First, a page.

When I think of Alaska, darkness and cold are what come to mind first. While I know that it is a beautiful state, that is what naturally comes to my mind. While it can be dark and very cold in Alaska, this Alaska State Study will teach your kids all about its history, state facts and much more!
Learning about the country we live in is an important part of your children’s education. While you may not be able to visit all 50 states in the U.S. You can still ensure your children learn about the important role each state plays in our country.
This Alaska State Study was designed to make learning about ‘The Last Frontier’, both fun and educational. I’ve included videos, articles, literature options, state facts, famous landmarks and more to provide thorough learning opportunities for your children.
Alaska State Study
History of the State of Alaska
Alaska State History Timeline
History of National Forests in Alaska
Alaska Literature and Research Resources
All About Alaska
Year Alaska Became a State
January 3, 1959
663,268 square miles
State Name Origin
The name ‘Alaska’ came from the native Aleut word, ‘Alaxsxaq’ (or Alyeska) which has been translated as “mainland” or “great land”, but the literal meaning of the word is: “Object to which the action of the sea is directed” or “That which breaks against the shore”.
The Alaska state motto is, “North to the Future”. It was chosen during the Alaska Purchase Centennial in 1967 and was created by Richard Peter. The motto represents Alaska as a land of promise for the future.
The Last Frontier
Alaska was the 49th state to be admitted to the US. Due.to its rugged terrain, harsh climate, its great expanse, and the distance from the rest of the states, it was nicknamed, “The Last Frontier”.
The song “Alaska’s Flag” was written by Marie Drake and chosen as the state song in 1955.
The blue background represents the blue sky and the state flower, forget-me-nots. The north star represents Alaska as the most northern state and the dipper (or Great Bear) represents great strength. It was adopted as the state flag on May 2nd, 1927, and was designed by Benny Benson.
The Willow Ptarmigan was chosen as the state bird in 1960 when Alaska became the 49th state. He changes color from light brown to snowy white in the winter.
The Sitka spruce, an evergreen tree that grows in central and southeastern Alaska was chosen as Alaska’s state tree in 1962.
The largest-ever world record for a Chinook Salmon was caught in Alaskan waters, so it makes sense that it should also be adopted as the state fish.
On May 1, 1998, the Moose was chosen as the state animal of Alaska.
The four-spotted chaser dragonfly was designated Alaska’s state insect in 1995.
State Marine Mammal
In 1983, the bowhead whale was chosen as the Alaska state marine mammal.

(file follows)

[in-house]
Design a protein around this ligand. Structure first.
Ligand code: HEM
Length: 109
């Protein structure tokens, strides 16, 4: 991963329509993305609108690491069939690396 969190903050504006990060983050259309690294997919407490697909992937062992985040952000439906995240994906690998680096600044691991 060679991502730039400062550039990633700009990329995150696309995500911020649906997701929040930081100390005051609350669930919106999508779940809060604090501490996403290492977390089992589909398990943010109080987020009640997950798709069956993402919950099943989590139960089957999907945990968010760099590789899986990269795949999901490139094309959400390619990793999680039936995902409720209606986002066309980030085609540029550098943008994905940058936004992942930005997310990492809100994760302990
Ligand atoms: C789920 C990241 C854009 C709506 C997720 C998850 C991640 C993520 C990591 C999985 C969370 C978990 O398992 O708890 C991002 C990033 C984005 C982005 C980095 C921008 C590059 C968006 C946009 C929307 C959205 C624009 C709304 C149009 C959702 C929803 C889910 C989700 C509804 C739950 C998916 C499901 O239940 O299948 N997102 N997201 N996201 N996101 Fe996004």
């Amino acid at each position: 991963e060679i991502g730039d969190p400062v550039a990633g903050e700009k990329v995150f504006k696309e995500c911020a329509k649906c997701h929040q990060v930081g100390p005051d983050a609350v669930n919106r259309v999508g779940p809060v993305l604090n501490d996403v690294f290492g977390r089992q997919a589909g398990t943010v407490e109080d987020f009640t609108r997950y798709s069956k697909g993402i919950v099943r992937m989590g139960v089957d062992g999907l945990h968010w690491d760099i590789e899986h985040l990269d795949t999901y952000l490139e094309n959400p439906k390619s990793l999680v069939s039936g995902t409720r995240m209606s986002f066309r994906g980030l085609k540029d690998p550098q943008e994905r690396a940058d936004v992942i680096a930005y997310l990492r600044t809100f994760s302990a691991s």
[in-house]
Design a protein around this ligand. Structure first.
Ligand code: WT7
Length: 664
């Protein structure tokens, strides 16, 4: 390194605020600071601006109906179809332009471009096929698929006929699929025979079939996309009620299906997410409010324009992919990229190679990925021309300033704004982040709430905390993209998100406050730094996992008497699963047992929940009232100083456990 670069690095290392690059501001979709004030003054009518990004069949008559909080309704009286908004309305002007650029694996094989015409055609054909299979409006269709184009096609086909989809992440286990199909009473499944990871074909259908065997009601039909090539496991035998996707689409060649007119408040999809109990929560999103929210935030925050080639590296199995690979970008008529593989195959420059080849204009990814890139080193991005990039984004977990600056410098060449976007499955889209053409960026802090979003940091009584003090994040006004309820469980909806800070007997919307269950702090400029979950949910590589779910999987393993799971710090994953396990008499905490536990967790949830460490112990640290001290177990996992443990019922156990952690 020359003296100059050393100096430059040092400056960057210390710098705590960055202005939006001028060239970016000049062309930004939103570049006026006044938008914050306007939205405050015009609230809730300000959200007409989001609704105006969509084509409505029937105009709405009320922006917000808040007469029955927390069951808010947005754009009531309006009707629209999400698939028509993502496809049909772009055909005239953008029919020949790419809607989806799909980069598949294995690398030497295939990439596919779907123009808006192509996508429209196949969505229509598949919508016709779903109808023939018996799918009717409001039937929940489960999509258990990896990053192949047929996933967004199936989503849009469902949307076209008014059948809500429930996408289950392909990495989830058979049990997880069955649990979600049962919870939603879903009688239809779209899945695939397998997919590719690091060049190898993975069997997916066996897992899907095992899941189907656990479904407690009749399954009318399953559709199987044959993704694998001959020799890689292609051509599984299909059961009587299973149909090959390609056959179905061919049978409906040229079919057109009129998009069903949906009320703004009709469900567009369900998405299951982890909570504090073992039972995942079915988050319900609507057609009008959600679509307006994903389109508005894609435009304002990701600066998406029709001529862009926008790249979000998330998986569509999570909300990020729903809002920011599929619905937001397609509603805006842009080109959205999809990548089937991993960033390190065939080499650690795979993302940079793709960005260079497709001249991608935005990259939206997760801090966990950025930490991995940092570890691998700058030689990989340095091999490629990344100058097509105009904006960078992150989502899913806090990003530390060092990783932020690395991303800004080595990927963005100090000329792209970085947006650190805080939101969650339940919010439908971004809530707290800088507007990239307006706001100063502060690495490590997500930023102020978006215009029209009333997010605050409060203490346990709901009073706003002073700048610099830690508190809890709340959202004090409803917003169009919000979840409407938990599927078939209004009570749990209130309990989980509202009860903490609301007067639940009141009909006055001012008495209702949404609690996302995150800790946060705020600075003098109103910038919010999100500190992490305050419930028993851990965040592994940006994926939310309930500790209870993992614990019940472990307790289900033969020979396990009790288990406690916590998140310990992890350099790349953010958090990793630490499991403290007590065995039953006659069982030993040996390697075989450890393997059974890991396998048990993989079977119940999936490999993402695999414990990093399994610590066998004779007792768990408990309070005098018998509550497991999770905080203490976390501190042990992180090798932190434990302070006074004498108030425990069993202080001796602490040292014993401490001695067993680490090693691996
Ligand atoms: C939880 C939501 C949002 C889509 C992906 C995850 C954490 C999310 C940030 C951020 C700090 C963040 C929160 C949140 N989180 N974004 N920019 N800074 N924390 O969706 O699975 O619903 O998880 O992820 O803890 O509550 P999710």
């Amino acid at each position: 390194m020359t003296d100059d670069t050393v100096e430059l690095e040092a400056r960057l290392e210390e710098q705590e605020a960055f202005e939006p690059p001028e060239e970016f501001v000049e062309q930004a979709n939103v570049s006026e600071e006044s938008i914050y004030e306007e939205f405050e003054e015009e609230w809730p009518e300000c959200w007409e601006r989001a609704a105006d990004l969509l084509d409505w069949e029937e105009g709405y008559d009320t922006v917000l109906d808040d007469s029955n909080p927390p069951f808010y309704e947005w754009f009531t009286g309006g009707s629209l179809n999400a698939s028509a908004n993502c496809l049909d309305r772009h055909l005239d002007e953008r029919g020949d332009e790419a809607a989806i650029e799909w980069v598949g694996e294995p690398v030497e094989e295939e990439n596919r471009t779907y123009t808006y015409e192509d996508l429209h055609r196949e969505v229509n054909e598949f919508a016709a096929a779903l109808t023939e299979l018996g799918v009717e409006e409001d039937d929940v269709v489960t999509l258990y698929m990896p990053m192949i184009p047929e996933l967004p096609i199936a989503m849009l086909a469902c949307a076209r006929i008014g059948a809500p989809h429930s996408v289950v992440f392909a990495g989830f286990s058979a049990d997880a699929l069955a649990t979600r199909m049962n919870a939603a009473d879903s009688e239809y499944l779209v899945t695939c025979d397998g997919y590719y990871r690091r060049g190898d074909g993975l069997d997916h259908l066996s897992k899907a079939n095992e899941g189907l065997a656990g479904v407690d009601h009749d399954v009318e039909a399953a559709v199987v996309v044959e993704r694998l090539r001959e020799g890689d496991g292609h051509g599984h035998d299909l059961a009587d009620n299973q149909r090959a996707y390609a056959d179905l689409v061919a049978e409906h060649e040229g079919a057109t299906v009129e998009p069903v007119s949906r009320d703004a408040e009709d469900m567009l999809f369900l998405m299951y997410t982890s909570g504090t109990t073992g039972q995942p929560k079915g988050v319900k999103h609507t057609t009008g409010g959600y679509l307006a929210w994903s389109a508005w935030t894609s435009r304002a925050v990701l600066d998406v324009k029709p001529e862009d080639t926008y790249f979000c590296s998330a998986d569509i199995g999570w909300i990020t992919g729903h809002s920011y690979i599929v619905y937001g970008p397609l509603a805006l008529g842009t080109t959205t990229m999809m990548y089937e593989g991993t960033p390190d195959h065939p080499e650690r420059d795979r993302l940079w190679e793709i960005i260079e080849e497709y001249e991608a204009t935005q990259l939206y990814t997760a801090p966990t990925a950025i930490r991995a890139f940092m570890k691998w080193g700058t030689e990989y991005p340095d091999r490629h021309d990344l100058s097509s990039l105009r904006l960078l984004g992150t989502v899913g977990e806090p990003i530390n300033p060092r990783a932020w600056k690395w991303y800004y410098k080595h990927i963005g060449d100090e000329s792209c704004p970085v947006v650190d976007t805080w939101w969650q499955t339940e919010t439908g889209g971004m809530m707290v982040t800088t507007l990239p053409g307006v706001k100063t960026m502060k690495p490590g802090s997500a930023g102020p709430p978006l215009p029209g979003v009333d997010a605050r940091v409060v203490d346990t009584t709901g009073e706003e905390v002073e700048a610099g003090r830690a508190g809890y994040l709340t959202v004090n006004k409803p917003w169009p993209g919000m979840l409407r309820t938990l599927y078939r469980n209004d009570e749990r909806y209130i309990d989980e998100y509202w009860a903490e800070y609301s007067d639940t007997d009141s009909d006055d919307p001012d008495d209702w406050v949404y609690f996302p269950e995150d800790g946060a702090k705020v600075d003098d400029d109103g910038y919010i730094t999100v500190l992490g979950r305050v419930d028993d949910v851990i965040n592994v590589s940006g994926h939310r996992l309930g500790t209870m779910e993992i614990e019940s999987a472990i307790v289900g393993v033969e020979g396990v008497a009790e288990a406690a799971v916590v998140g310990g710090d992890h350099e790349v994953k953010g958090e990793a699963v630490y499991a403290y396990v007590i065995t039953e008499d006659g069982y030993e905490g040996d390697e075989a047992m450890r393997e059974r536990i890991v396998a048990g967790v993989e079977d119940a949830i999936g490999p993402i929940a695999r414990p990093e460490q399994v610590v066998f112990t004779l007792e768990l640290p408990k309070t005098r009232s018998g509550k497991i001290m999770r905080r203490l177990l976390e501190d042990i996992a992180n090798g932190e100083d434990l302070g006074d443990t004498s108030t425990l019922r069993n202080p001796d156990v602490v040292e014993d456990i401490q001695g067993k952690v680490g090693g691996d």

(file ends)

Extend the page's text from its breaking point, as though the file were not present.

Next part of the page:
The Wooly Mammoth was chosen as the Alaska state fossil in 1986.
Forget-me-nots (scorpion grasses) are found all over Alaska and were chosen as the state flower in 1917.
- Major Cities
- Eagle River
- Colville River
- Copper River
- Kuskokwim River
- Noatak River
- Porcupine River
- Susitna River
- Tanana River
- Yukon River
- Tanaina Lake
- Badger Lake
- Liamna Lake
- Becharof Lake
- Teshekpuk Lake
- Naknek Lake
- Tustemena Lake
- AK- 1 from Homer northeast and east to Tok by way of Anchorage
- AK 2 from Manley Hot Springs to the International Border, passing through Fairbanks and Delta Junction
- AK- 3 (Parks Hwy) from the Glenn Highway to the north of Anchorage to Fairbanks in the Alaska Interior
- AK- 4 (Richardson Hwy) connecting Valdez to Fairbanks
- AK- 5 (Taylor Hwy) from Tetlin Junction to Eagle
- AK- 6 (Steese Hwy) from Fairbanks to Circle,
- AK- 7 serves areas of the panhandle
- AK- 8 (Denali Hwy) from Paxson on the Richardson Highway to Cantwell on the Parks Highway
- AK- 9 (Seward Hwy) from Seward to Anchorage
- AK- 10 (Copper River Hwy), Edgerton Hwy)
- AK- 11 (Dalton Hwy) north of Fairbanks, and ends at Deadhorse
- AK- 98 (Klondike Hwy) from the Alaska Panhandle through the province of British Columbia and the territory of Yukon in Canada
- Denali National Park and Preserve
- Katmai National Park and Preserve
- Glacier Bay National Park and Preserve
- Kenai Fjords National Park
- Wrangell St. Elias National Park and Preserve
- Lake Clarke National Park and Preserve
- Gates of the Arctic National Park and Preserve
- Kobuk Valley National Park
- Chugach State Park
- Denali State Park
- Wood Tikchick State Park
- Fort Abercrombie State Historical Park
- Shoup Bay State Marine Park
- Chilkat State Park
- Captain Cook State Recreation Area
- Big Lake South State Recreation Site